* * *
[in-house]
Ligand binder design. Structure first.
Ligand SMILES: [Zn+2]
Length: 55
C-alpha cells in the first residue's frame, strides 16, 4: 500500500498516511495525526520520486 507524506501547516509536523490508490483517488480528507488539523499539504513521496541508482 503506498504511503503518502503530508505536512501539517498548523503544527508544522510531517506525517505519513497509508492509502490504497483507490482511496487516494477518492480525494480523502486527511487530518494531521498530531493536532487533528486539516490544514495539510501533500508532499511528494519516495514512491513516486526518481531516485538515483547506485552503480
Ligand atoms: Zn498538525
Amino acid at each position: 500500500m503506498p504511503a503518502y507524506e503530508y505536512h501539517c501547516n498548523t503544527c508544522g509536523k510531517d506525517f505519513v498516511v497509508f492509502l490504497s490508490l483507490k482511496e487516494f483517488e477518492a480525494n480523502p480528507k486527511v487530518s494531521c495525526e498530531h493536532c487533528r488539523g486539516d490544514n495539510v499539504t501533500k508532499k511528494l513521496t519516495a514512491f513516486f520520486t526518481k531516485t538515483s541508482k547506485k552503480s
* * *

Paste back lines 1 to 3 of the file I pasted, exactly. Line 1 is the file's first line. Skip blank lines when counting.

[in-house]
Ligand binder design. Structure first.
Ligand SMILES: [Zn+2]